In his objections to the R & R, defendant concedes that "Campbell's alleged flight would provide reasonable suspicion justifying a Terry stop." Dkt. #30 at 4. Considering Campbell's presence in a high-crime area, Ussia's receipt of a report that a burglary had been in progress just a few minutes earlier, and Ussia's familiarity with Campbell and Campbell's involvement in criminal activity, that is correct. See Terry v. Ohio, 392 U.S. 1, 20 (1968); Illinois v. Wardlow, 528 U.S. 119, 124 (2000) ("unprovoked flight upon noticing the police" is suggestive of wrongdoing); accord United States v. Muhammad, 463 F.3d 115, ___, 2006 WL 2573441, at *4 (2d Cir. 2006); United States v. Lawshea, 461 F.3d 857, 859-60 (7th Cir. 2006); Curry v. City of Syracuse, 316 F.3d 324, 335 (2d Cir. 2003); United States v. Adams, 137 F.Supp.2d 240, 247 (W.D.N.Y. 2000).

Defendant, however, objects to that portion of the R & R finding that the officers' entry into 500 Garson Avenue to apprehend Campbell was justified under the "hot pursuit" doctrine. Defendant contends that Ussia had no more than a reasonable suspicion, based on Campbell's flight, that Campbell was involved in criminal activity, and that this was insufficient to justify a warrantless entry into the residence and the ensuing seizure of Campbell and the handgun.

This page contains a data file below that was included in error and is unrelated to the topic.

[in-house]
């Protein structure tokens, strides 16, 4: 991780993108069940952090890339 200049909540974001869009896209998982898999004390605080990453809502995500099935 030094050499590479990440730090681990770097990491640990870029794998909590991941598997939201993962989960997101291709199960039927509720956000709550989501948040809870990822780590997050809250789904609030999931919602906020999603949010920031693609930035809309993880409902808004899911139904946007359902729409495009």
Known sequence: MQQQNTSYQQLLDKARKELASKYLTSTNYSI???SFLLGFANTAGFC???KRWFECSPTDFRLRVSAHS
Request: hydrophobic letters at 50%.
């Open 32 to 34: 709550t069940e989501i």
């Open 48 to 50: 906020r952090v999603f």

I disagree. In addition to Campbell's unprovoked flight--"the consummate act of evasion," Wardlow, 528 U.S. at 124--Ussia had seen Campbell "desperately trying," as he ran, to remove a shiny metallic object from his pocket, which Ussia believed to be a gun. Dkt. #23 at 16. Although defendant contends that Ussia's credibility is in doubt, I see no basis to reject the Magistrate Judge's findings in this regard. Defendant asserts only that Ussia's testimony concerning certain aspects of his radio call are not corroborated by the recording of the call. There is no reason to question the veracity of his testimony concerning the object that he saw Campbell pull out of his pocket. Aside from Ussia's testimony that the object was shiny and metallic-looking, it would certainly have been reasonable for Ussia to conclude that the object that Campbell was trying so hard to remove from his pocket as he was attempting to flee was some sort of contraband, and quite likely a pistol. Had it not been contraband, presumably Campbell would not have been particularly concerned about getting it out of his pocket at that moment.

Under those circumstances, it was entirely reasonably for Ussia to follow Campbell into the foyer to apprehend him and then to re-enter to retrieve the object that Ussia had heard fall to the floor with a "thud." See Brigham City, Utah v. Stuart, ___ U.S. ___, 126 S.Ct. 1943, 1947 (2006) ("officers may make a warrantless entry onto private property ... to prevent the imminent destruction of evidence ... or to engage in 'hot pursuit' of a fleeing suspect"); Ostroski v. Town of Southold, 443 F.Supp.2d 325, 344-45 (E.D.N.Y. 2006) (officers' decision to find and secure weapons inside residence was reasonable to prevent harm to the occupants that might have ensued once the officers departed); United States v. Guadalupe, 363 F.Supp.2d 79, 82 (D.Conn. 2004) (warrantless entry into apartment to seize gun was justified by exigent circumstances, where officers had been engaged in struggle with ...